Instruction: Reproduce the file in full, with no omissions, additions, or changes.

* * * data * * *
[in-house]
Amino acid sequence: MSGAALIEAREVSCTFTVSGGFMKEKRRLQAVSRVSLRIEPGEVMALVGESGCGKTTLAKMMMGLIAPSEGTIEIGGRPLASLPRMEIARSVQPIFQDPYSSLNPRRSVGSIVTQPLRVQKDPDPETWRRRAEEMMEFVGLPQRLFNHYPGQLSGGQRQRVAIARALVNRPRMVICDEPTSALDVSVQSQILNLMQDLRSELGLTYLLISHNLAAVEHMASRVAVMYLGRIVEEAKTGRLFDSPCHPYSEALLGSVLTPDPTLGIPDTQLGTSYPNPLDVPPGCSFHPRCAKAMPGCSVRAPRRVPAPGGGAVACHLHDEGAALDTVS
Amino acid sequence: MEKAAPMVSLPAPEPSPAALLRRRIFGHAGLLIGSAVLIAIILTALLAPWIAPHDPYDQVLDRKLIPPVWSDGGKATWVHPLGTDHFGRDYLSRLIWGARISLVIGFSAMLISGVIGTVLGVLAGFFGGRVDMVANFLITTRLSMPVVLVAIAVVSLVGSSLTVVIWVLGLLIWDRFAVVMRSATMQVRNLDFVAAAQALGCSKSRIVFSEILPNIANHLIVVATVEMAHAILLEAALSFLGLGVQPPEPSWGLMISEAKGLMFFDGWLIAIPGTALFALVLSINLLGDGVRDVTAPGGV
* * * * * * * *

[in-house]
Amino acid sequence: MSGAALIEAREVSCTFTVSGGFMKEKRRLQAVSRVSLRIEPGEVMALVGESGCGKTTLAKMMMGLIAPSEGTIEIGGRPLASLPRMEIARSVQPIFQDPYSSLNPRRSVGSIVTQPLRVQKDPDPETWRRRAEEMMEFVGLPQRLFNHYPGQLSGGQRQRVAIARALVNRPRMVICDEPTSALDVSVQSQILNLMQDLRSELGLTYLLISHNLAAVEHMASRVAVMYLGRIVEEAKTGRLFDSPCHPYSEALLGSVLTPDPTLGIPDTQLGTSYPNPLDVPPGCSFHPRCAKAMPGCSVRAPRRVPAPGGGAVACHLHDEGAALDTVS
Amino acid sequence: MEKAAPMVSLPAPEPSPAALLRRRIFGHAGLLIGSAVLIAIILTALLAPWIAPHDPYDQVLDRKLIPPVWSDGGKATWVHPLGTDHFGRDYLSRLIWGARISLVIGFSAMLISGVIGTVLGVLAGFFGGRVDMVANFLITTRLSMPVVLVAIAVVSLVGSSLTVVIWVLGLLIWDRFAVVMRSATMQVRNLDFVAAAQALGCSKSRIVFSEILPNIANHLIVVATVEMAHAILLEAALSFLGLGVQPPEPSWGLMISEAKGLMFFDGWLIAIPGTALFALVLSINLLGDGVRDVTAPGGV